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This article was published on March 19, 2019

This physicist has written over 500 biographies of women scientists on Wikipedia

This physicist has written over 500 biographies of women scientists on Wikipedia

Dr. Jess Wade is hosting TNW Answers on Tuesday, July 30. She’ll be taking all your questions on diversity in science and activism — send them in now!

It’s not surprising how grossly underrepresented women are in the fields of science, technology, engineering, and maths (STEM). Hell, in the UK, half of state schools submitted no girls to study A-Level physics. Although the stats are disheartening, it doesn’t reflect women’s ability, instead it shines an unforgiving light on the realities of the society we live in.

Just 17 percent of the English-language biographies on Wikipedia are about women, and women scientists in particular  are badly represented. But physicist Jessica Wade is hoping to change this. An advocate for diversity in science, Wade balances her work as an award-winning physicist at Imperial College London with her role as a ‘Wikipedian’ — creating and uploading the biographies of scientists who are women, people of color, and part of the LGBTQI+ community every day.

“I’ve spent the last year trying to improve the representation of women scientists and engineers on Wikipedia, to celebrate the important contributors of underrepresented groups.” Wade told TNW. “I’ve recently just written my 500th biography.”

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After reading Angela Saini’s book, Inferior: The True Power of Women and the Science That Shows It — a powerful look at the science behind the stereotypes that have excluded women from contributing to society — Wade felt empowered to spark change.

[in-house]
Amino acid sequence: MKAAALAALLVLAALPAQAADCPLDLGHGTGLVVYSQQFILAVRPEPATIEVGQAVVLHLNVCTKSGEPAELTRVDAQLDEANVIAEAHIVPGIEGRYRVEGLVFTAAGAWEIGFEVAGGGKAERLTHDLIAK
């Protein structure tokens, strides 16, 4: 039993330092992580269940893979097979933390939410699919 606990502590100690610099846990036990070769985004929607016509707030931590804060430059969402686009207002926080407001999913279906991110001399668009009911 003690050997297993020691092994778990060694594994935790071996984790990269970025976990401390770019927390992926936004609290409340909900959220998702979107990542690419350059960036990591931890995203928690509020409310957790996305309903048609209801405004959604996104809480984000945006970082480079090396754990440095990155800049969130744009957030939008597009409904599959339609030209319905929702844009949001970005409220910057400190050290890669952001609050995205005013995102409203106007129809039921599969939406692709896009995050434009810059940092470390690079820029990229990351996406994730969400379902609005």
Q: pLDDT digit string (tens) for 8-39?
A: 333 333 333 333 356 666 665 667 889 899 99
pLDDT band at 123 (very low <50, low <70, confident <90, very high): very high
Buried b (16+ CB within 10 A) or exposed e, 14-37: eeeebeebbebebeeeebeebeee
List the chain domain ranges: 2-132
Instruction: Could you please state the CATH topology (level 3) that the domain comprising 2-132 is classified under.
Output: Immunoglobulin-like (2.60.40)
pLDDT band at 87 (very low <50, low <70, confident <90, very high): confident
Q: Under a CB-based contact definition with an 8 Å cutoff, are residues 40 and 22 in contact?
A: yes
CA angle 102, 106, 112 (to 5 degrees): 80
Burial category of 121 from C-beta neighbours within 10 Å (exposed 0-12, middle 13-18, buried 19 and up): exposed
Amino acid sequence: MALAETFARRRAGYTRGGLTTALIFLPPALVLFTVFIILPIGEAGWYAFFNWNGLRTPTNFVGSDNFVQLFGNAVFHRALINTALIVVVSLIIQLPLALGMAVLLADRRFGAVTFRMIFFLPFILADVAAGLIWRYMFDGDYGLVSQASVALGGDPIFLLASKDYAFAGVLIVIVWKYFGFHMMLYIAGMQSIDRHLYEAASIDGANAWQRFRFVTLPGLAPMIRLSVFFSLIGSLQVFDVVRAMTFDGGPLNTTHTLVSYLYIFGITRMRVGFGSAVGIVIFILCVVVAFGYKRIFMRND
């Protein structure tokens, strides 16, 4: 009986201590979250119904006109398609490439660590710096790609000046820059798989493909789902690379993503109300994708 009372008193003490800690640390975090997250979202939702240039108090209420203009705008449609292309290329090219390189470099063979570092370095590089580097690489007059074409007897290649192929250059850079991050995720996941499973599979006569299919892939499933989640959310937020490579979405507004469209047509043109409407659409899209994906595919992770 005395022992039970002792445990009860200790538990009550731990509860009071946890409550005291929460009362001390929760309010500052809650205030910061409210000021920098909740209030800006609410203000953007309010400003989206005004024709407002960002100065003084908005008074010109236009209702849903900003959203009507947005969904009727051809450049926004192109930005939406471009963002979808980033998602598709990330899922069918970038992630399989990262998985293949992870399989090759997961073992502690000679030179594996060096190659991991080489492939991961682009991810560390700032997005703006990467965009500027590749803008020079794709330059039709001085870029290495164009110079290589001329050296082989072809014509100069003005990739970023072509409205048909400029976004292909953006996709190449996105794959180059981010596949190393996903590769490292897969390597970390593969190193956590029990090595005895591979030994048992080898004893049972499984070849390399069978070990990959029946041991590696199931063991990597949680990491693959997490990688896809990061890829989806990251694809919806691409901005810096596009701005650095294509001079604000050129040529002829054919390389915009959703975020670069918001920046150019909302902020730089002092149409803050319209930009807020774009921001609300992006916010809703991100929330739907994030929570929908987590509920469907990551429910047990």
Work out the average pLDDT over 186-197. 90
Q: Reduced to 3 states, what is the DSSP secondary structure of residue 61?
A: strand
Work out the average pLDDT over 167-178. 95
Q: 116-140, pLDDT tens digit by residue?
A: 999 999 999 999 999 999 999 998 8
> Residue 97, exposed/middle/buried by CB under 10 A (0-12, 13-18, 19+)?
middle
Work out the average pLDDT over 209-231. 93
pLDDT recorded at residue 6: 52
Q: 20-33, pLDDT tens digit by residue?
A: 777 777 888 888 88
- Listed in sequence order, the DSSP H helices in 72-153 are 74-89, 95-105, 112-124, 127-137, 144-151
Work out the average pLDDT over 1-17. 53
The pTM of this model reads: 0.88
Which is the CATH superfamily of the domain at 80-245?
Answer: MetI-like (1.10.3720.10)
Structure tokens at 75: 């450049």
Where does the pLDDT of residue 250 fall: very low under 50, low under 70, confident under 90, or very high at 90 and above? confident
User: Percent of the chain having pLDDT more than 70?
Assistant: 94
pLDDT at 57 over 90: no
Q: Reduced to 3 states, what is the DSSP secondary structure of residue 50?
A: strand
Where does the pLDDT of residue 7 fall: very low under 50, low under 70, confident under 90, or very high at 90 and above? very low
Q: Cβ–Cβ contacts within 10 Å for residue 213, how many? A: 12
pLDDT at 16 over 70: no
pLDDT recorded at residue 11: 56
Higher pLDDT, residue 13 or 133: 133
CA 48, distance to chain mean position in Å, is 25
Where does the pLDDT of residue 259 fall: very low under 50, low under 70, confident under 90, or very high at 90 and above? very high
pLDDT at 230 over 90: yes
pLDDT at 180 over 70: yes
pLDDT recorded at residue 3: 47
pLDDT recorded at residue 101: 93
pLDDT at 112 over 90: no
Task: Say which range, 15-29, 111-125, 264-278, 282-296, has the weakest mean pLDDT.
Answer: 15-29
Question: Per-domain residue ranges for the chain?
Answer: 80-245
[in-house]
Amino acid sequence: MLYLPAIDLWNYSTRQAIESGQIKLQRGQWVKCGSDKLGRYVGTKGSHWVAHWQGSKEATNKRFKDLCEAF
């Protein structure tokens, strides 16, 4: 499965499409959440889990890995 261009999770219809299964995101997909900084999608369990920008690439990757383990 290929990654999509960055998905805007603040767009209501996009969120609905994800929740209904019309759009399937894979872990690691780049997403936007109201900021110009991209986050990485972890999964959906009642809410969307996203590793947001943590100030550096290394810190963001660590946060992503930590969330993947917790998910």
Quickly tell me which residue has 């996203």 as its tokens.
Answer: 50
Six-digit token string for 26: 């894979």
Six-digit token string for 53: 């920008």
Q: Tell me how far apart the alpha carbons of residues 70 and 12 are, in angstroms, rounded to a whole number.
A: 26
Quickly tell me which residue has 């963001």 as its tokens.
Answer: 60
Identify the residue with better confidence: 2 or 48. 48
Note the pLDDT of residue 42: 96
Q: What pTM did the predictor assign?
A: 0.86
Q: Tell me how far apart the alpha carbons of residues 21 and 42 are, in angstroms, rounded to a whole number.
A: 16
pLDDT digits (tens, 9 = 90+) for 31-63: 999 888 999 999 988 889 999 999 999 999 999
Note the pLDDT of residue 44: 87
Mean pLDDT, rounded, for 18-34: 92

“Reading Inferior had made me angry enough. But then to learn that Wikipedia was so bias, I had never appreciated that before. I’d always assumed the content on its platform was consistently good; I was surprised to find out just how wrong I was.”

Science’s deeply rooted issue with diversity

Earlier last year, Wade started her Wikipedia project to increase the visibility of women scientists on the site by adding small amounts of information to its platform. Since Wade began, she’s created a page each day.

“I didn’t really expect anyone to care about what I was doing, which I guess is the interesting part of the whole conversation. I assumed people would think, ‘It’s fine. Just let her have some fun,’” says Wade. “But actually, the positive impact it has, especially on people talking about stereotypes, is impactful.”

Throughout Wade’s career, improving diversity within science has always been a priority: “I guess my issue all along with outreach and engagement [to women] is that it endlessly comes back to the discussion around role models and how ‘we need more role models’ and how ‘there aren’t enough role models.’”

“But my argument is that there are so many role models, so many brilliant women scientists and people of color. We just don’t celebrate and recognize them enough. We need to talk more about the ones we have, because we’re at risk of losing them and all the work they’ve done.”

STEM’s diversity issues are influenced by long-believed societal stereotyping on gender. “Our society tells children they’re good at different things. Whether it’s pink and blue toys, whatever clothing children wear, and the books they read,” Wade explained. “Girls are told from an incredibly young age that science is for boys.”

When asked what Wade hopes to achieve through her work on Wikipedia, she said: “If a young person is sitting at home browsing the internet, Googling something they find interesting like climate change or the shape of a pyramid. If they go to Wikipedia and start reading the names of scientists, there will be women and people of color there, and people who look just like them who have had this massive impact on scientific discoveries.”

Wade’s work to improve science’s diversity issue shows that women have always been there, they’ve just not been celebrated. Until now.

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